2005Hurricane DennisCategory 4 7-9 ft$2.23 billion76
2003Hurricane IsabelCategory 2 8+ ft $3 billion17
1995Hurricane OpalCategory 3 10-20 ft$3 billion59
1992Hurricane AndrewCategory 17 ft$26.5 billion26
1989 Hurricane HugoCategory 5 19.8 ft$8 billion50
1969Hurricane CamilleCategory 5 24 ft$1.42 billion256

How to Protect Yourself from Storm Surge

Prepare Your Community

In Hurricane Hal’s experience, one of the first steps you should take to safeguard storm surge is to prepare your community. 

“Both structural and non-structural solutions can mitigate the impacts of storm surges,” he says. “Communities can build levees, seawalls and other structures to protect themselves against rising seawater. Natural strategies include the development of sand dunes, wetlands and other features that will provide some resistance to fast-flowing seawater.”

For the average homeowner, he has another suggestion. “Elevating homes and businesses above flood waters is another successful long-term mitigation strategy.”

If you live along the water or own a boat, always practice marine safety.

Stay Informed

A hurricane’s path and intensity can change at a moment’s notice, so it is crucial to remain plugged into what’s happening outdoors even while you are trapped inside.

These are some of the best resources to protect yourself against hurricanes and storm surge.

NOAA Hi-Def Radar is another option as one of the world’s most popular weather apps. Bill Hess, its co-creator, explains, “This app is very popular in states with volatile climates as it provides both real-time and future (next few hours) updates for precipitation, hurricane/tropical storm, flooding and coastal alerts. The app has a strong audience with homeowners and could be a great addition for a simple and accurate way to track weather from a smartphone.”

How to Prepare for Storm Surge

To find out how best to prepare for storm surge, we spoke with Diane Vukovic. She is the lead writer at Primal Survivor and the author of her own book, Disaster Preparedness for Women. She walks us through how to prepare for an impending hurricane and its potential storm surge. 

Before the Storm

  • Make an evacuation plan.

“The most important thing to do for hurricane preparedness is to make an evacuation plan,” Vukovic says. “Under what circumstances will you leave? How much will evacuation cost? Having a plan means you will be able to leave sooner and avoid issues like massive traffic jams, lines at gas stations, or overbooked flights.”

  • Fill your car with gas.

“Long lines form at gas stations before hurricanes,” Vukovic warns. “You can lose hours of valuable evacuation time waiting in line. There have been cases where gas stations even ran out of gas, leaving people stranded.”

  • Create a hurricane kit.

“Your hurricane kit should include basics like bottled water, non-perishable food, a first aid kit and personal medications.”

  • Move to a higher floor.

It’s a simple solution Vukovic recommends first. “An easy thing you can do to save your belongings from hurricane flood damage is to move them to a higher floor. Put all electronics and valuables upstairs, preferably in an interior room without windows.”

  • Prepare furniture.

“It’s not very practical to move heavy furniture upstairs, or you simply might not have an upstairs,” says Vukovic thoughtfully. “In this case, make sure to have some blocks ready. Put these under the legs of your furniture and refrigerator so they are higher off the floor.”

Don’t forget about your rugs, either. She explains, “Rugs act like giant sponges when they get wet and usually have to be thrown away after exposure to floodwater. You can save them by rolling them up and putting them on top of other furniture.”

  • Clean your gutters.

“Huge amounts of rain hit your roof during a hurricane. If the gutters are blocked, the rain won’t be able to escape down the gutters and will instead spill over the side of your roof,” says Vukovic. “The waterfall of rain will damage your home’s foundation and siding. Make sure gutters get cleaned before hurricane season begins as well as again after a large storm hits.”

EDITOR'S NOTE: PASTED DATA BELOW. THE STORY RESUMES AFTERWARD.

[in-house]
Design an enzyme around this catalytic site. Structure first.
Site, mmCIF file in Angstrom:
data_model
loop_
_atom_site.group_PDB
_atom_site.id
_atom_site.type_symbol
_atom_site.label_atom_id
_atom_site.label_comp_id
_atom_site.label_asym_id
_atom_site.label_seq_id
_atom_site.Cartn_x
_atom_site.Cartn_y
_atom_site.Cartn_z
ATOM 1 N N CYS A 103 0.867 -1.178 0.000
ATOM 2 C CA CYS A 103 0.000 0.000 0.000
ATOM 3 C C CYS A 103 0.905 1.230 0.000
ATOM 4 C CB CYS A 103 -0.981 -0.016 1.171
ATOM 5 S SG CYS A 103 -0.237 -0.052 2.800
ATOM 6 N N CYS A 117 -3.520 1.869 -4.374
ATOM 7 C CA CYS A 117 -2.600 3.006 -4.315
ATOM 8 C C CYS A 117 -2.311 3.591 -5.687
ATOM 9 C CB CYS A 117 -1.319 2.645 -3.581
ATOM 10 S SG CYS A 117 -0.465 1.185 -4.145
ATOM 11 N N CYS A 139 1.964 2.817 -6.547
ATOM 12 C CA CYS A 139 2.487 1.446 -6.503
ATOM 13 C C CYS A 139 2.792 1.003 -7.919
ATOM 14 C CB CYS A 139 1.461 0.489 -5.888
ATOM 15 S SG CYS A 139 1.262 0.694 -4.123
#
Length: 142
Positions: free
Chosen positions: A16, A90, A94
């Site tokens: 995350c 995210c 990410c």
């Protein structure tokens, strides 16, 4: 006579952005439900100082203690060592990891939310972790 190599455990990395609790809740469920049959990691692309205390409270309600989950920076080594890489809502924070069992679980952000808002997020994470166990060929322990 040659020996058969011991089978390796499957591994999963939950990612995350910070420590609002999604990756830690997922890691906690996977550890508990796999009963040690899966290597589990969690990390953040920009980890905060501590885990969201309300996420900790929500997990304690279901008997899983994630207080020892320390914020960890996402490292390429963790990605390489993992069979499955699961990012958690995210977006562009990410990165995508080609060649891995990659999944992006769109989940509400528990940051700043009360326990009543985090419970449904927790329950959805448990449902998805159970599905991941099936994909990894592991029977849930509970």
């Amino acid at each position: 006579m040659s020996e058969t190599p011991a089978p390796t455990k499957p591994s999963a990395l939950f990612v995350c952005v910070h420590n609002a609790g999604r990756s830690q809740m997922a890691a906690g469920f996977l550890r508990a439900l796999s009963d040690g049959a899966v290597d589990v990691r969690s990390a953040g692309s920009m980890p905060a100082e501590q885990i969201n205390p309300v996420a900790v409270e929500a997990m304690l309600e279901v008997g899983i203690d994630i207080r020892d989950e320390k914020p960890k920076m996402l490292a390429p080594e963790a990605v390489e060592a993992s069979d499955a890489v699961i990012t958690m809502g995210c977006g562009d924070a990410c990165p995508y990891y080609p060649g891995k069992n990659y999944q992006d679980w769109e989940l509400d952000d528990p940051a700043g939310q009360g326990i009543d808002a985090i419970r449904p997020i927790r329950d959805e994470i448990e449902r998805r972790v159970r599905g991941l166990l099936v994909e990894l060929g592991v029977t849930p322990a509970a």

During the Storm

  • Exercise proper generator use.

“Most deaths after a hurricane don’t actually occur because of the hurricane itself. Rather, they occur because of carbon monoxide poisoning from incorrectly-used generators,” she explains. “It is CRUCIAL that you read your generator’s instruction manual and understand the safety protocols before turning it on.”

Be sure to use your carbon monoxide detector. “As an extra safety measure, you should get a battery-operated carbon monoxide detector in your home to ensure your family isn’t quietly being poisoned.”

  • Use your radio.

Sometimes, you cannot count on cell phone or internet service to give you the information you need because systems can get overloaded and shut down during emergencies. 

“You’ll need an NOAA emergency radio so you can stay informed about the situation, such as when the storm has passed and it is safe to leave your home.” 

  • Keep the correct tools handy.

“Floodwaters rise quickly, sometimes trapping people in their homes,” she warns. “Consider keeping an ax and lifeboat on an upper floor so you can escape. Emergency items should be kept in your safe room, which ideally is an interior room without windows. You don’t want to have to leave the safe room during the middle of the storm because you need to get your insulin or grab the flashlights after the power goes out.”

After the Storm

When the storm is over, and the waters begin to recede, there may be major damage to contend with. 

Vince Perri, CEO of Commercial Claims Advocate in Florida, is personally acquainted with hurricanes and storm surge. “Growing up in Florida, hurricane preparation is something I am all too accustomed to, but one should never underestimate the power of mother nature. Always be ready!”

His tips include:

  1. “Take a lot of photos: photos of the exterior and every side of the home, photos of your roof, photos of the interior and every bedroom in the house. You do not want the insurance company to come back and say the damage was already there.”
  2. “Have your policy ready. Review the policy to make sure you know and understand your coverages before the storm hits.” 
  3. “If there have been any repairs made to your home, have them in a location you can access to show the insurance company if need be during the insurance claims process.”

The Bottom Line

Responsible for approximately half of all direct hurricane deaths, storm surge is the dangerous result of cyclone winds that can push massive amounts of water onto shore. Be sure to stay informed and always take the right precautions to protect yourself if a hurricane is headed your way.


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Contributing Writer

Lena Borrelli

Lena Borrelli is a freelance journalist who has covered home security, safety, and other topics for Safety.com, TIME, Microsoft News, ADT, and Home Advisor.